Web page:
The central government itself reported, for a four-month period ending Jan. 15, 2008, 31,000 cases of official abuse involving 540,000 acres of land. Each year tens of thousands of protests and complaints against officials revolve around land disputes. Satisfactory resolutions are rare.

Chen had the wherewithal to sue, and he figured he had a strong case: He’d been told the land was needed for construction of the eight-lane road that was to border the property, and under the law, it should not have been resold. (Two economic development zone officials declined to comment on Chen’s case, claiming they weren’t familiar with the details, and Tang could not be reached.)

Zhou Xiaoyu, marketing director for the favored developer’s company, Bao Tian, said the land had been acquired “absolutely through proper channels.”

Suing would mean antagonizing the very bureaucracy that is so essential to making money in real estate. But, says Chen, “They really bullied me too much. Is that just because I’m not as close with Tang as other people? How could they grab the rice in my bowl to feed others?” Chen says. “I have my rules of doing business: One is not cheating others, and the other is not allowing other people to cheat me.”

Three times during his legal battle courts in Chongqing ruled that the government had acted improperly and that Chen should be given more compensation for his land. Last year one finally set what Chen considered a paltry award of $2 million. The government appealed the ruling.

Then authorities went after Chen’s nemesis, Tang, one of nine Chongqing officials in land-related jobs to be investigated for corruption in the last year. Tang appeared last Nov. 7 in court and confessed to abuse of power in accepting more than $1 million in bribes from two construction companies, as well as embezzling $30 million and conveying much of it to the two companies. (This case is unrelated to Chen Yun’s land dispute.)

In his confession statement Tang said he had been arrogant and willful and deserved punishment. Now 60, Tang was sentenced in late December to a life term in prison to cap his career.

Would having his opponent put down for corruption do anything to help Chen or hurt his rival developer, Chen Liwei? Hardly. The government moved last year to revoke, retroactively, Chen’s original claim to the property, and in October a Chongqing court endorsed the state’s creative maneuver, ruling that Chen never had legitimate rights. Chen doesn’t have to return his original compensation of $490,000, but he no longer stands to receive the $2 million awarded him in 2007.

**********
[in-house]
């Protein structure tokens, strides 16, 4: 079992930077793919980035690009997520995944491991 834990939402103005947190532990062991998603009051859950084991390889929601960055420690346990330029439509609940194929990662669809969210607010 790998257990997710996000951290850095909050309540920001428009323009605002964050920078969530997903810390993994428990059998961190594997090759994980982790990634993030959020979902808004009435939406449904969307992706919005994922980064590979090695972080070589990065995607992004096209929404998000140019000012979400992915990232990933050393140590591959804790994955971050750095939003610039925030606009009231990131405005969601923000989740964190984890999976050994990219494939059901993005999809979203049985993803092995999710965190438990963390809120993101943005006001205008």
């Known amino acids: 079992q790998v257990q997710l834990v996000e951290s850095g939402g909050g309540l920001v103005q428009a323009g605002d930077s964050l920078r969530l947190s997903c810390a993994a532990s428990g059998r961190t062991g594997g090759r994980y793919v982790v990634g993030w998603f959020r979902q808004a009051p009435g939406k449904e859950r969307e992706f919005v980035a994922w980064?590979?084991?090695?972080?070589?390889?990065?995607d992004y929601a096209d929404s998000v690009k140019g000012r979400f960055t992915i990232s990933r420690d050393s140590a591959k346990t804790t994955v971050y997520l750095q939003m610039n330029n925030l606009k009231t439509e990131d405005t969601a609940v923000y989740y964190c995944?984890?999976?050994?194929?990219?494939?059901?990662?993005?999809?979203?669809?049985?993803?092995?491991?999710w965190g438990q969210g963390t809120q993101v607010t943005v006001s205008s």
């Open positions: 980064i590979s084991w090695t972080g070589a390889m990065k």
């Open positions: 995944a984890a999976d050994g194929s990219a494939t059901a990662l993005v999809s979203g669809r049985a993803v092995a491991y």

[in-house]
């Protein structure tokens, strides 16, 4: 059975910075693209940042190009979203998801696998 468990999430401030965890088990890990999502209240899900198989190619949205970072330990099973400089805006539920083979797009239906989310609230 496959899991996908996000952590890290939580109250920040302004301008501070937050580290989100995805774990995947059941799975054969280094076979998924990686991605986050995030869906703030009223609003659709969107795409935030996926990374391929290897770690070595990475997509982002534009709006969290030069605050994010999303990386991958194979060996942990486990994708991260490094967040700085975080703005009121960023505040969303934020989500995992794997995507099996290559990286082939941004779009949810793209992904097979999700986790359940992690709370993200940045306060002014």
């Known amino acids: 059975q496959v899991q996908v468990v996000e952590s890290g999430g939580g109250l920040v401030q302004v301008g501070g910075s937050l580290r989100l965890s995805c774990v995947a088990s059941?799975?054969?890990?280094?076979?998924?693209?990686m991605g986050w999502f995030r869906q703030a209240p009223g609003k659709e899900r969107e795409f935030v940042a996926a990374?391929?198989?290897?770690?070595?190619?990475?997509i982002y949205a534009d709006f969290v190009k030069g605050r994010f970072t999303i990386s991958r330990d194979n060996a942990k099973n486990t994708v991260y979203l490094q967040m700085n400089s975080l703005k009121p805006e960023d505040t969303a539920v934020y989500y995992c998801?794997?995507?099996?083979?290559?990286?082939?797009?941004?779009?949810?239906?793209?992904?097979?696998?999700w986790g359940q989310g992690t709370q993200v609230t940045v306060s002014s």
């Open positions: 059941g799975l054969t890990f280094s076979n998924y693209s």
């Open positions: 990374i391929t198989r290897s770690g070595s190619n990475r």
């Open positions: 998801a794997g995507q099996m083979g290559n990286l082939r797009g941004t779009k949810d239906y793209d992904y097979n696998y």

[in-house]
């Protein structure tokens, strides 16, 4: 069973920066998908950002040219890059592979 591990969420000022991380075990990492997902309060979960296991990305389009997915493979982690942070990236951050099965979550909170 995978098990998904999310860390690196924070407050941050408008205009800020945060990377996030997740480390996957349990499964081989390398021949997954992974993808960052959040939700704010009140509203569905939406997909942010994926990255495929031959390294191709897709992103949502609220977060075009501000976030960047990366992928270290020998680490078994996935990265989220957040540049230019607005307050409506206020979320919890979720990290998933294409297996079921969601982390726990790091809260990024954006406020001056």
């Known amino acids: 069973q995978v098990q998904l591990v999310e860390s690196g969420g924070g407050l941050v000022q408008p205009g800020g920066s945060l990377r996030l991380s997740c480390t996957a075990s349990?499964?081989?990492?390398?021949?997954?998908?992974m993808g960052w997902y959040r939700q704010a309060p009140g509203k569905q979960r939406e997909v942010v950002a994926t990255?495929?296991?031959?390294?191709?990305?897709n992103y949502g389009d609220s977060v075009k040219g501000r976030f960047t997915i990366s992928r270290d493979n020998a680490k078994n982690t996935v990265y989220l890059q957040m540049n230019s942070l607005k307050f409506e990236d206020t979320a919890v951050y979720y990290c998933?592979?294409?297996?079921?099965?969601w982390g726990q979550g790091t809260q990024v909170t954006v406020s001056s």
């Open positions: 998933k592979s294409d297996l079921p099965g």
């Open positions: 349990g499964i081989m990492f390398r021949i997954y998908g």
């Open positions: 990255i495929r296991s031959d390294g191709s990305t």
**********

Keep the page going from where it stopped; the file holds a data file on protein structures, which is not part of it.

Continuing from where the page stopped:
Today the land is overgrown with brush and weeds, literally overlooked by the economic zone headquarters that was built on the neighboring land Chen had agreed to give Tang seven years ago. Bao Tian plans to build a hotel, shopping mall and office complex on the property in 2010.

For now Bao Tian has some apartments to sell next door; to do the job they have built a grandiose sales office on one corner of Chen’s former property. Chinese employees stand at attention dressed in some fanciful approximation of Buckingham Palace guards, watching over a manicured faux-European garden and fountain. The advertising promises, in English, “rejuvenation of the life intent.”

Murky property rights, arbitrary rules on development, eminent domain used to benefit not the public but private interests—Chinese land law sounds so foreign. In fact, though, all these are features of American law. The difference is in degree—and then there’s the fact that in Chinese legal disputes, the government wins virtually whenever it really wants to. Chen learned that lesson the hard way.

Additional reporting by Li Jie.

International interest grows in US lending
2009/02/10, 7:12 pm
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The Association of Foreign Investors in Real Estate (AFIRE) reports that foreign real estate lenders could grow lending by as much as 58 percent in the United States this year, with interest in cross-border property investing especially robust.

In a recent AFIRE member survey, the top five most attractive U.S. cities in terms of investment dollars were the District of Columbia, New York City, San Francisco, Los Angeles and Houston.

Meanwhile, 53 percent ranked the United States as the nation providing the most secure property investments.

Respondents also listed multifamily housing, office space, industrial properties, retail, and hotels as the top five preferred property types.

Source: National Mortgage News, Bonnie Sinnock (02/09/09)